Canned

It’s Farmers’ market season and there is a dearth of fresh fruit everywhere going cheap. What’s a girl to do? Get creative in her kitchen of course.

Ontario may be a part of the Great White North but for part of the year she produces an abundance of berries and stone fruit.  Many farms, some organic and some conventional, exist outside of the GTA (Greater Toronto Area) with the Niagara region being renowned for its wine and peaches (amongst other things).

Jams, cakes and scones can all be made with fruit but a quick jam, sans canning, is a great way to make good use of the abundant fruit during this time of year.

Canning requires precision and technique – who wants to get botulism from improperly preserved produce? But I’m not talking canning so as to stock up for the winter.  Forgo the official canning process and use the quick cook method instead to turn your fruit into tasty spreadable treats.

  • Cut fruit into bite-size pieces and place into stainless steel pot.
  • Add sugar. This is personal. Apparently there is a rating as to how much sugar classifies a jam versus a jelly versus a spread. Canning authorities will have you believe that a whole field of sugar cane is needed in order to set the jam. Fruit in season is sweet enough. Add a little natural sweetener of your choice i.e. coconut sugar, muscovado sugar, honey, etc.
  • Cook on medium heat to loosen up the pectin (usually found in the skin of a fruit). The pectin is what helps set or gel the fruit spread. I like to use agar agar as well for extra gelling action. Using vanilla flavoured agar (as easy to find as the plain agar) is an ideal choice in this situation.
  • When fruit mixture is bubbling and the fruit is softened (5-10 minutes depending on your heat source) turn heat to low and mash the mixture with a potato masher. Continue on a simmer until most of the liquid disappears and the mixture starts to thicken.
  • Remove from heat and place in clean glass container. Herein lies the tricky part. Good canning theory states that the jar should be sterilized and the product canned immediately with some head space to prevent bacterial growth. Personally I throw my mixture into a clean jar and refrigerate. Consult a recipe book that specializes in canning or take a course to learn the proper method of safe canning procedures.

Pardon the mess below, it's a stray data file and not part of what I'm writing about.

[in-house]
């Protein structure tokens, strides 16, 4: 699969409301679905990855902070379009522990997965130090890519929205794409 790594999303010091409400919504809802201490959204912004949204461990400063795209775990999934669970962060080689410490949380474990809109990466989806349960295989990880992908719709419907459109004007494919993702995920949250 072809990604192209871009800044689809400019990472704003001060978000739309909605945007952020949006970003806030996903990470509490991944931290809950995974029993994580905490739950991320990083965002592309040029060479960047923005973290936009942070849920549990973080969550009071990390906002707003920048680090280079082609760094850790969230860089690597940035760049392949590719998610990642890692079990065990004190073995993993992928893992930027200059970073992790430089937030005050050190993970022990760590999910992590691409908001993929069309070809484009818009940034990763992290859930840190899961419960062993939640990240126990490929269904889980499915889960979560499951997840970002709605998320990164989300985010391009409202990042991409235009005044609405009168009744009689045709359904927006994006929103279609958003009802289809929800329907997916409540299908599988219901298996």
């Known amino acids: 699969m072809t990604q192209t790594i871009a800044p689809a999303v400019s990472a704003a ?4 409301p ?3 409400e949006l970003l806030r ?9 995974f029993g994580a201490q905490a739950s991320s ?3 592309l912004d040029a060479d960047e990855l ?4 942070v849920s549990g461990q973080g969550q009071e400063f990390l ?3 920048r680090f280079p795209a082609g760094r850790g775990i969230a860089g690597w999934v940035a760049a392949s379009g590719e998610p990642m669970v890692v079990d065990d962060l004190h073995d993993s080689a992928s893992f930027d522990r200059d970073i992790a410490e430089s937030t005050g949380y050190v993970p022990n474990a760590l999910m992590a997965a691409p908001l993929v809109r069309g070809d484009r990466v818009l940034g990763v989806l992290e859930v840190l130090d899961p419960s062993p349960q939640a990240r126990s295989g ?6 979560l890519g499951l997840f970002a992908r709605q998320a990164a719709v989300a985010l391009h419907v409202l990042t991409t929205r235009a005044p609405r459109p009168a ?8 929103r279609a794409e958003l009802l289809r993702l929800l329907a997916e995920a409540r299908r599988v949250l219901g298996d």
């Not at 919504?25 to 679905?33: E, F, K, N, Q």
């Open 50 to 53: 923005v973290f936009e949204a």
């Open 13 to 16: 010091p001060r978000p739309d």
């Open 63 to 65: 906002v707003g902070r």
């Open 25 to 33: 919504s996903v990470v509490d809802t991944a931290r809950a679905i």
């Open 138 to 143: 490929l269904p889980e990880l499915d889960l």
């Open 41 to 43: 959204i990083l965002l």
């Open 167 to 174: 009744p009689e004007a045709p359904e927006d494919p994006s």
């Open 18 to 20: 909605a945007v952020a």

Properly canned/preserved goods should last a long time while this quick cook method does not. Eat within a week of making just to be on the safe side. (*Any product that looks or smells off should not be eaten-period.)

Uses:

  • Mix with some coconut milk and freeze into popsicle or ice-cube moulds for a frozen treat.
  • Spread on toast.
  • Spread between a layered cake and/or mix in with cake batter.
  • Make sandwich cookies.
  • Mix with melted dark chocolate for the ultimate anti-oxidant spread. However, refrigeration may set this mixture into a paste. In this case, use it as a filling for chocolate truffles.
  • Mix into veggie burgers or serve as an accompaniment to a main meal. Peach chutney anyone?
Strawberry kiwifruit jam & Peach Rhubarb Ginger Jam Photo by Kimberley (c)2014
Strawberry kiwifruit jam & Peach Rhubarb Ginger Jam
Photo by Kimberley (c)2014
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